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  13. Cristina Chimisso (2001). Gaston Bachelard: Critic of Science and the Imagination. Routledge.
    In this new study, Cristina Chimisso explores the work of the French Philosopher of Science, Gaston Bachelard (1884-1962) by situating it within French cultural life of the first half of the century. The book is introduced by a study - based on an analysis of portraits and literary representations - of how Bachelard's admirers transformed him into the mythical image of the Philosopher, the Patriarch and the 'Teacher of Happiness'. Such a projected image is contrasted with Bachelard's own conception of (...)
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  14. Stephen R. L. Clark (2006). G.K.Chesterton: Thinking Backward, Looking Forward. Templeton Foundation Press.
    Offering a detailed study of early 20th-century essayist, poet, novelist, political campaigner, and theologian G.K. Chesterton, author Stephen R.L. Clark ...
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  15. S. Alan Corlew (2002). Michael Polanyi's Concept of Tacit Knowledge and its Implications for Christianity. Christianity and Society 12 (3):16-23.
    This article explores the implications of Michael Polanyi's concept of Tacit Knowledge for religious belief in general, and Christianity in particular, by investigating the relationship of tacit knowledge to commitment in scientific investigation, and extrapolating that relationship to commitments in the area of religious belief.
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  16. M. J. Devaney (1997). "Since at Least Plato--" and Other Postmodernist Myths. St. Martin's Press.
    My dissertation is concerned with the misconceptions many postmodernist theorists and critics harbor about the history of western philosophy and about various branches of it, misconceptions that I contend are the source of the simplistic account of both postwar culture and literature, and eighteenth-and nineteenth-century realist fiction, that they provide. ;In the first chapter, I consider the campaign that a host of postmodernists have mounted against something they typically refer to as the "logic of either/or," alleged to structure western thought. (...)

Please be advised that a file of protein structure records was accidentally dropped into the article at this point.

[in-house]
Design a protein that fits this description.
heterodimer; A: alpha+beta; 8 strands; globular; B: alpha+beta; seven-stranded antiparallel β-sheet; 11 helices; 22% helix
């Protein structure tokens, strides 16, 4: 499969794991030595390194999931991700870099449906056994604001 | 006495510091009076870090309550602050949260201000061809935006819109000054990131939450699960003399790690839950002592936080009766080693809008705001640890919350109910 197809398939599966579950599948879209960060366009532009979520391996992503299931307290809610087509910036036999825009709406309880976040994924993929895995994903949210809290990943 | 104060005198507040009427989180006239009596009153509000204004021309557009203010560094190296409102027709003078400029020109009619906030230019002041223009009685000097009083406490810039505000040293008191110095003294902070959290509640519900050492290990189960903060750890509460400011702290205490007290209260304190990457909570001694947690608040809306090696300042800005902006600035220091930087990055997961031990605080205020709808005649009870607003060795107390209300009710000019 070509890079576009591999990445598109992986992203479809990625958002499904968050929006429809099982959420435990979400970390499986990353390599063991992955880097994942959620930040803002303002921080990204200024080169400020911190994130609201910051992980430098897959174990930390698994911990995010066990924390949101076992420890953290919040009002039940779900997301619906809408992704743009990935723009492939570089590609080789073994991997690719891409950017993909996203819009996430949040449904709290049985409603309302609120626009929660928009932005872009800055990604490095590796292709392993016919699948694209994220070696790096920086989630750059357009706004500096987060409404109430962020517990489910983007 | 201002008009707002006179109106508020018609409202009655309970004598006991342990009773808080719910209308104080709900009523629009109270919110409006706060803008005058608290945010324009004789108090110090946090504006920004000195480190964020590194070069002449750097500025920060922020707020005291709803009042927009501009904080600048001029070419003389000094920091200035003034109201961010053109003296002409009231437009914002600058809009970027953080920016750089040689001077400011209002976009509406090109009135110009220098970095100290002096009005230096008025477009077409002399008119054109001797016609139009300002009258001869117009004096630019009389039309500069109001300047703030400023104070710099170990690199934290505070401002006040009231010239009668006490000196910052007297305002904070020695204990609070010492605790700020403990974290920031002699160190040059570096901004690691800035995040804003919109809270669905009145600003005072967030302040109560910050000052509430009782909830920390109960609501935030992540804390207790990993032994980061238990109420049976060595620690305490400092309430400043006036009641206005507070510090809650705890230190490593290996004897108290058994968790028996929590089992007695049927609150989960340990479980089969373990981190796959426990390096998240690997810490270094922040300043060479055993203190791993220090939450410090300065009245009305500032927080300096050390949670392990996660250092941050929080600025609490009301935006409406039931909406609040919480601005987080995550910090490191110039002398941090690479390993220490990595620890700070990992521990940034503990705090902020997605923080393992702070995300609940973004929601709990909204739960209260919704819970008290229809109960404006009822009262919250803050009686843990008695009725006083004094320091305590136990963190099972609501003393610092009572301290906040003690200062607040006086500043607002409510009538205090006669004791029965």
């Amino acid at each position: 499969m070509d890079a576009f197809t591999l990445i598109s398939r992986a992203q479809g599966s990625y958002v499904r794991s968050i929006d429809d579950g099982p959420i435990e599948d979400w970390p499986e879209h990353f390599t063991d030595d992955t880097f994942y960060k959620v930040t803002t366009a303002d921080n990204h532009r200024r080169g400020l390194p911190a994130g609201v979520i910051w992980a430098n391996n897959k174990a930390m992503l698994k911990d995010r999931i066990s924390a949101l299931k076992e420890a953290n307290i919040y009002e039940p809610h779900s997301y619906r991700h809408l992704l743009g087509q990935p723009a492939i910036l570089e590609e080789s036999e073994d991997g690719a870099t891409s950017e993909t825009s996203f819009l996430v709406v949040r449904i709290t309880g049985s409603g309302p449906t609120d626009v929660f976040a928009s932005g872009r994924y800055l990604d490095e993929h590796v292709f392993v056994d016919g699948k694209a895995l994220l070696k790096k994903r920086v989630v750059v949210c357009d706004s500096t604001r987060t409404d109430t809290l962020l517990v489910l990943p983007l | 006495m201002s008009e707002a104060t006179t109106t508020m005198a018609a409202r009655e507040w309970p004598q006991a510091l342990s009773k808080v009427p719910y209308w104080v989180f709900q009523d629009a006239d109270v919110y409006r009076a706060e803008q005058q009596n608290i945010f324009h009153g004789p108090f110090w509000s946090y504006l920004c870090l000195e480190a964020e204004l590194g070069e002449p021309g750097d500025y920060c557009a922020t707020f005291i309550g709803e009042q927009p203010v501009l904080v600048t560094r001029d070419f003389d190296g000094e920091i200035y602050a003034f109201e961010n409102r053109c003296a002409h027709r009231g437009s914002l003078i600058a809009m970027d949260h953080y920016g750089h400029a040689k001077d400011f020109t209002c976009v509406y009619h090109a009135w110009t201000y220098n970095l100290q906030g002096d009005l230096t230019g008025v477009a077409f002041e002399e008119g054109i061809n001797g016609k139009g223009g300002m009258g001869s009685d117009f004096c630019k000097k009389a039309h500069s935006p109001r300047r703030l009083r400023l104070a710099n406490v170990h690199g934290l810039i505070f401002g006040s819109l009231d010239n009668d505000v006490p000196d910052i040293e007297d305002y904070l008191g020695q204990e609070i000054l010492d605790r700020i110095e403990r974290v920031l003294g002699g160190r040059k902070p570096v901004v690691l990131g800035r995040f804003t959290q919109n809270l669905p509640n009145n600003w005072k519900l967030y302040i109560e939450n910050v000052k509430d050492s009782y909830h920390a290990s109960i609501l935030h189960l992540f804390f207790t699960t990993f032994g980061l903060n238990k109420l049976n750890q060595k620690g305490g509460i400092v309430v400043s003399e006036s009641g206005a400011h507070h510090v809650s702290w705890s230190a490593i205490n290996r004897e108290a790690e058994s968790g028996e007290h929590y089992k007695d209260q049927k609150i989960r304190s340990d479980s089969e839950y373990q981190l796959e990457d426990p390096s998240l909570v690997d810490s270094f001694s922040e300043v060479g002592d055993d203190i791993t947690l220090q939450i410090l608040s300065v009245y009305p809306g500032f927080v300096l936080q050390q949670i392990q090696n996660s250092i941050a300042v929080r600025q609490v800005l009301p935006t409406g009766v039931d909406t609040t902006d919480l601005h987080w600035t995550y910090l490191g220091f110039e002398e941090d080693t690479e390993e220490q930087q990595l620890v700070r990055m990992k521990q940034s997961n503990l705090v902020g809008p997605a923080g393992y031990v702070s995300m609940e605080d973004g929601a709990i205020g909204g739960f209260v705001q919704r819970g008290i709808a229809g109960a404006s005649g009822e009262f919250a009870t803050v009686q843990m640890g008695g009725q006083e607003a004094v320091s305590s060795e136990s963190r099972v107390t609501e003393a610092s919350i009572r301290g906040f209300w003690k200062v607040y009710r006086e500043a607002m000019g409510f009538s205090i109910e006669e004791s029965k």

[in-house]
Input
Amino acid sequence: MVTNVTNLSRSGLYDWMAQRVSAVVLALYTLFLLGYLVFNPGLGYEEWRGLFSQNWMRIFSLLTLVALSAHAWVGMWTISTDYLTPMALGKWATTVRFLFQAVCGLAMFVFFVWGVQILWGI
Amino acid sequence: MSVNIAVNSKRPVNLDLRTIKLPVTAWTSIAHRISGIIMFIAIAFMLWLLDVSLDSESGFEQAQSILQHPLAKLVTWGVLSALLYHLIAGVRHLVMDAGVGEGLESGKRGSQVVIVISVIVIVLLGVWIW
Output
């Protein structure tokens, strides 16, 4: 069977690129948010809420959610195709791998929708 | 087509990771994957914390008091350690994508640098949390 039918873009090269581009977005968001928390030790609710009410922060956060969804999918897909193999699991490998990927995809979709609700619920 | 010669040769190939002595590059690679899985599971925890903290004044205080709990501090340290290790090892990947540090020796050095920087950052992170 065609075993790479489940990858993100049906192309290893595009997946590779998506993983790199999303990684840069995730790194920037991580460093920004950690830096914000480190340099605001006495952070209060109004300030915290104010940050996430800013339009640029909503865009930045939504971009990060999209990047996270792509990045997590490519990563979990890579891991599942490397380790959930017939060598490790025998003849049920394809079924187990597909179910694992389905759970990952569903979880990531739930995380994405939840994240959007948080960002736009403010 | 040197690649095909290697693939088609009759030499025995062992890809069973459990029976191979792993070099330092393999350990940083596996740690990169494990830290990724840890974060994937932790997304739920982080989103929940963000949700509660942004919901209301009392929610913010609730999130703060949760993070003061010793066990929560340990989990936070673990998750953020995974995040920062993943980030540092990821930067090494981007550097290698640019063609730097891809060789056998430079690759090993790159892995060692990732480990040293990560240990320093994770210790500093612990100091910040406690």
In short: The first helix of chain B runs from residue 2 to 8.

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  17. Cathy Dobson, The Impact and Residue of Cartesian Dualism: The Relevance of Cartesian Skepticism.
    A concise review of skeptician in the Carterian model with a discussion of the reframing of the Cartesian paradigm by John McDowell in the 20th century.
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  18. Simon B. Duffy (ed.) (2006). Virtual Mathematics: The Logic of Difference. Clinamen.
    Of all twentieth century philosophers, it is Gilles Deleuze whose work agitates most forcefully for a worldview privileging becoming over being, difference over sameness; the world as a complex, open set of multiplicities. Nevertheless, Deleuze remains singular in enlisting mathematical resources to underpin and inform such a position, refusing the hackneyed opposition between ‘static’ mathematical logic versus ‘dynamic’ physical world. This is an international collection of work commissioned from foremost philosophers, mathematicians and philosophers of science, to address the wide range (...)
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  19. James Franklin (1996). Catholic Thought and Catholic Action: Dr Paddy Ryan Msc. Journal of the Australian Catholic Historical Society 17:44-55.
    An account of the life of Dr P.J. Ryan, Australian Catholic scholastic philosopher and anti-Communist organiser.
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  20. Roberto Franzini Tibaldeo (2011). Sacrifice and Repentance as Self-Restraint. Hans Jonas’ Ethics for a Technological Epoch. Toronto Journal of Jewish Thought 3.
    The present article tries to analyze the role played in Hans Jonas’ ethical reflection by religious—namely, Jewish—tradition. Jonas goes in search of an ultimate foundation for his ethics and his theory of the good in order to face the challenges currently posed by technology’s nihilistic attitude towards life and ethics. Jonas’ ethical investigation enters into the domain of metaphysics, which offers an incomparable contribution to the philosophical endeavour, without undermining its overall independence. In this way, Jewish categories—such as remorse, shame, (...)